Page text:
The origins of Mexican cooking and its evolution in Edinburgh’s Mexican restaurants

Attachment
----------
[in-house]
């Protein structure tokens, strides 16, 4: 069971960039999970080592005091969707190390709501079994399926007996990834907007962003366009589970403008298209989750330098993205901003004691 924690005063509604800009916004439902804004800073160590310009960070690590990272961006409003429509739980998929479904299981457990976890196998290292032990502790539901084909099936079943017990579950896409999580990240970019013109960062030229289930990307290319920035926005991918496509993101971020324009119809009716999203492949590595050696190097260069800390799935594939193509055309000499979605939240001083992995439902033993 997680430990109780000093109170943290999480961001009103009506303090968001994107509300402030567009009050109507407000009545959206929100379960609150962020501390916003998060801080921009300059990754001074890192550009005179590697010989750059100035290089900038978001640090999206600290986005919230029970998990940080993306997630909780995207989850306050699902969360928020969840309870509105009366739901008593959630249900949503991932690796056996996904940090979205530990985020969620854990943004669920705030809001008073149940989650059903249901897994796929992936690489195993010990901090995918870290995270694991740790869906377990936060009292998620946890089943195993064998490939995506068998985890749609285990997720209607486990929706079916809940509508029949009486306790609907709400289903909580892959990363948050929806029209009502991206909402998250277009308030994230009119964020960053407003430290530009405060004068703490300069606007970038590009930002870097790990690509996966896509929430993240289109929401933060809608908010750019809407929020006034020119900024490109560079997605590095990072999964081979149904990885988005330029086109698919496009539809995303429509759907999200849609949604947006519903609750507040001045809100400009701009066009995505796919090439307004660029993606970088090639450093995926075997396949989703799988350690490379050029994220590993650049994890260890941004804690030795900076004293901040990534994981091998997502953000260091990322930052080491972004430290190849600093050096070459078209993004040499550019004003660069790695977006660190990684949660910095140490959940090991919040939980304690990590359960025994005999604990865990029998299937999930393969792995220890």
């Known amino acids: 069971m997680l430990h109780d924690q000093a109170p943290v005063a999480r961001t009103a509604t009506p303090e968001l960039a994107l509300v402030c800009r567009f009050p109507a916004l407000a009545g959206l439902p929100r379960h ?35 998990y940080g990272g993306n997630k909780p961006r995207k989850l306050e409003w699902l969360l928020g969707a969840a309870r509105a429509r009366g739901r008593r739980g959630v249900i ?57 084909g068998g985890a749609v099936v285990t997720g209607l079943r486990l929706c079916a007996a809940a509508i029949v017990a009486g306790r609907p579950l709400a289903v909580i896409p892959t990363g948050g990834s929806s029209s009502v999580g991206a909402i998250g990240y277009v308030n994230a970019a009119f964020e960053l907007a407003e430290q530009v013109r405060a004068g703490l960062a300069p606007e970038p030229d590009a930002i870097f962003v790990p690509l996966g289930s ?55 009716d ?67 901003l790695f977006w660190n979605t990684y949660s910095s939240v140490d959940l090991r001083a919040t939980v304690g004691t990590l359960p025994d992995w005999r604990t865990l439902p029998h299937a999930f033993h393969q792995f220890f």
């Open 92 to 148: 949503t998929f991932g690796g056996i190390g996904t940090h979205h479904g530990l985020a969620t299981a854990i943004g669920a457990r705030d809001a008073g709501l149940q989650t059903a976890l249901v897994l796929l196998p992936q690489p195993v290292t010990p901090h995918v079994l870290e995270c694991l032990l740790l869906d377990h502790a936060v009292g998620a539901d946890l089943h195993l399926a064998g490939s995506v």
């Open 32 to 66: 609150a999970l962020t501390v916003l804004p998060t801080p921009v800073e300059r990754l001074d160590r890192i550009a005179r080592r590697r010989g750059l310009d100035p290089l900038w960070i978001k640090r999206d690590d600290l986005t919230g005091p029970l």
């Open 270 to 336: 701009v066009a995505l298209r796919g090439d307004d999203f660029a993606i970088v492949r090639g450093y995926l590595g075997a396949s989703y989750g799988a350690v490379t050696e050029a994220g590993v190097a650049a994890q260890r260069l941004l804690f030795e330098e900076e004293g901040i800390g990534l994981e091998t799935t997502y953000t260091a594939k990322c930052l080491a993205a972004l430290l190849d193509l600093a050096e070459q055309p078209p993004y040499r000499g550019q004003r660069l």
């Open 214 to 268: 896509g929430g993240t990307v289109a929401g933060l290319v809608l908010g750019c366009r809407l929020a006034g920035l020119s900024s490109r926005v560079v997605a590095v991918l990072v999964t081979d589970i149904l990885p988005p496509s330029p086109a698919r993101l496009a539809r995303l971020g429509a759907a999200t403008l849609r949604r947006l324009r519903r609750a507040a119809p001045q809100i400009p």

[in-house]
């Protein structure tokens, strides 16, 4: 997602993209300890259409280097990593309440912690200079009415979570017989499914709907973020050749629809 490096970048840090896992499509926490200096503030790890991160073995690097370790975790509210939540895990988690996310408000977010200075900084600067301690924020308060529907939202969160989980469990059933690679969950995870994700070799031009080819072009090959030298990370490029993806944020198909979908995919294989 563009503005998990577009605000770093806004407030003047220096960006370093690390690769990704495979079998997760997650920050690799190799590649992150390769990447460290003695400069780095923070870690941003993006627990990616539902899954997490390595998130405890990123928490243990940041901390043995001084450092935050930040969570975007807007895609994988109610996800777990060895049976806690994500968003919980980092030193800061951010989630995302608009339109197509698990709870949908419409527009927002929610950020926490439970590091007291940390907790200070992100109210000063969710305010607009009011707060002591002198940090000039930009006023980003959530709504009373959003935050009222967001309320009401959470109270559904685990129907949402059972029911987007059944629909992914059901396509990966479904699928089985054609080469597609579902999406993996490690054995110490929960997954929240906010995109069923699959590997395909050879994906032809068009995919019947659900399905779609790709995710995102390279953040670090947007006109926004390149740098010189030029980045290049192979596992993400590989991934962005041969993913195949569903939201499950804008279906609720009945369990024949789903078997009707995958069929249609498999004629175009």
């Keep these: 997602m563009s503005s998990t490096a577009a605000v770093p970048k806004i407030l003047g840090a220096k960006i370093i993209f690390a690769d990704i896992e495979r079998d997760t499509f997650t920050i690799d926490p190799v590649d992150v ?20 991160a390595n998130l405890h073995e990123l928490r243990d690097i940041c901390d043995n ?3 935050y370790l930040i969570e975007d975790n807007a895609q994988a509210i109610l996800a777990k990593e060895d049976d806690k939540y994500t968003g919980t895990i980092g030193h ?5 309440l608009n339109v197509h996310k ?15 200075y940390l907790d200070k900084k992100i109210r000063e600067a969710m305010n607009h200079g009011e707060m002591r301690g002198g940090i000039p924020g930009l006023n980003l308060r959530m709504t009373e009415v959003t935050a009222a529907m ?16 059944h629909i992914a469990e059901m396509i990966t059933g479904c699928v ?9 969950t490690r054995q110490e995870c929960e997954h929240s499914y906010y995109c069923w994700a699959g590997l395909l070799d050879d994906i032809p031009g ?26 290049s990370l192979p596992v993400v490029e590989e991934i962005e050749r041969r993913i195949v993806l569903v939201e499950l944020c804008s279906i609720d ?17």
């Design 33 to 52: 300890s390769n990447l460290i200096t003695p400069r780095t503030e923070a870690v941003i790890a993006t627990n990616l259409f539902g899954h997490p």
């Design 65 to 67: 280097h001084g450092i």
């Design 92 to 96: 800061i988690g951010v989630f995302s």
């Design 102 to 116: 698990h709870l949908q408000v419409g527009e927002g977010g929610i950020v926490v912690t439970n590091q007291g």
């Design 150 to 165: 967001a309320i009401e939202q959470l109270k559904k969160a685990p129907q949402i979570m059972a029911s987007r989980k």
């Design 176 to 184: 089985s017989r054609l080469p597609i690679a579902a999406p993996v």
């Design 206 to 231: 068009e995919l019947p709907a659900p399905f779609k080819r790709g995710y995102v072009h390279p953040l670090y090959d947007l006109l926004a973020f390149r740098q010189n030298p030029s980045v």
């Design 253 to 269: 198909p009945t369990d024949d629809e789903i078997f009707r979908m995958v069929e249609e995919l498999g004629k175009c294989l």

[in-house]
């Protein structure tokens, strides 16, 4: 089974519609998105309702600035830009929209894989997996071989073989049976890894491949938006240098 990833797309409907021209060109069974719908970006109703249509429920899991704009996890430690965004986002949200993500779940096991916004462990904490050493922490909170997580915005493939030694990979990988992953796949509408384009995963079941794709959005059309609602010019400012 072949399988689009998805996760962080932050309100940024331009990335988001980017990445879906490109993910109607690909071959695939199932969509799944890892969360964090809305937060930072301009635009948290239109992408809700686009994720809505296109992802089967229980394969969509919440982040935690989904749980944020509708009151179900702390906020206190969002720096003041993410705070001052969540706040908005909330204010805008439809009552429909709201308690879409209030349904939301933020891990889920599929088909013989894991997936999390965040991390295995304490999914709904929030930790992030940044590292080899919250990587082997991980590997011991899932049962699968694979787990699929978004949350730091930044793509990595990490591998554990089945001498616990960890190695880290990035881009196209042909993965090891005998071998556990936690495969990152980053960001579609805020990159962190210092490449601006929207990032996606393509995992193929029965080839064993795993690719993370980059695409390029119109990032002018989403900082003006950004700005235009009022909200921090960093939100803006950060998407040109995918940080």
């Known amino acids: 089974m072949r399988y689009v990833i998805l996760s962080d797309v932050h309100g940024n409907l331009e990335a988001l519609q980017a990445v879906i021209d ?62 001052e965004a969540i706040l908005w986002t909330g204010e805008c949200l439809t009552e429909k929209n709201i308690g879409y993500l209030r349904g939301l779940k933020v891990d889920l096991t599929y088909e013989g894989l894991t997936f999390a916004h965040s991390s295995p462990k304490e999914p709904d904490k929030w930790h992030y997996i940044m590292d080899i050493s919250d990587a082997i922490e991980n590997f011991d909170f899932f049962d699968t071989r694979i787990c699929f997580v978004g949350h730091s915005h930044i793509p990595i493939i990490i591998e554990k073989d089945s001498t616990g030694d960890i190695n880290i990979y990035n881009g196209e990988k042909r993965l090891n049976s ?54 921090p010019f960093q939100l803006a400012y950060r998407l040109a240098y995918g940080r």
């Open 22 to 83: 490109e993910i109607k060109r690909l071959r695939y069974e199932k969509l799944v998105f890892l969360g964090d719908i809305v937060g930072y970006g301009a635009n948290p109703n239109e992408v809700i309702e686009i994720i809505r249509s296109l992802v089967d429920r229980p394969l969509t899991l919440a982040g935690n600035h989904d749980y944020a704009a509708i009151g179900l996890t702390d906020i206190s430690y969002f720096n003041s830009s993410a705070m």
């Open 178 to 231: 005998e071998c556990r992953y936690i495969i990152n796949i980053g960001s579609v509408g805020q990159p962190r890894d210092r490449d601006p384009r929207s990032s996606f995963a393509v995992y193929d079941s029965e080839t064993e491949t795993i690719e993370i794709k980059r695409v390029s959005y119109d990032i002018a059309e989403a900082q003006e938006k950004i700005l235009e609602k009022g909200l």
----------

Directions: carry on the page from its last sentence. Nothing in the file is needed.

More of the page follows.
Mexican cuisine’s early origins can be traced back to around 7,000 BC, when corn, tomatoes, beans and various root vegetables became prominent in the diets of the indigenous people of what is now Mexico. The Mesoamerican diet later fused with that of the Spanish colonisers, who brought along rice, domesticated animals for meat, and dairy products during the conquest of the Aztec Empire in the 16th century. Vegetables and other native ingredients are especially common in the Mexican kitchen, and the chilli pepper plays a particularly important role in many of its dishes. Thankfully for folks who can’t handle the heat, most Mexican restaurants in Edinburgh tone down the spice level to local standards. In Mexico, every region has its own cuisine variations, like a focus on seafood and fish in western Mexico, while the cuisine of Chiapas uses a special chile called simojovel, which can be found nowhere else in the country. Chocolate is an ingredient that’s especially beloved by Mexicans, and has an incredibly long history of use in Mesoamerica beginning as far back as 1750 BCE. In Aztec times, chocolate was used ceremonially for sacrifices and sometimes even as an aphrodisiac. Today, chocolate is often served up as a hot drink for breakfast with cinnamon and perhaps pan dulce (a sweet bread) on the side. Dishes made with chocolate can usually be found in the more traditional Mexican restaurants in Edinburgh, especially in the form of mole, one of Mexico’s most well known sauces.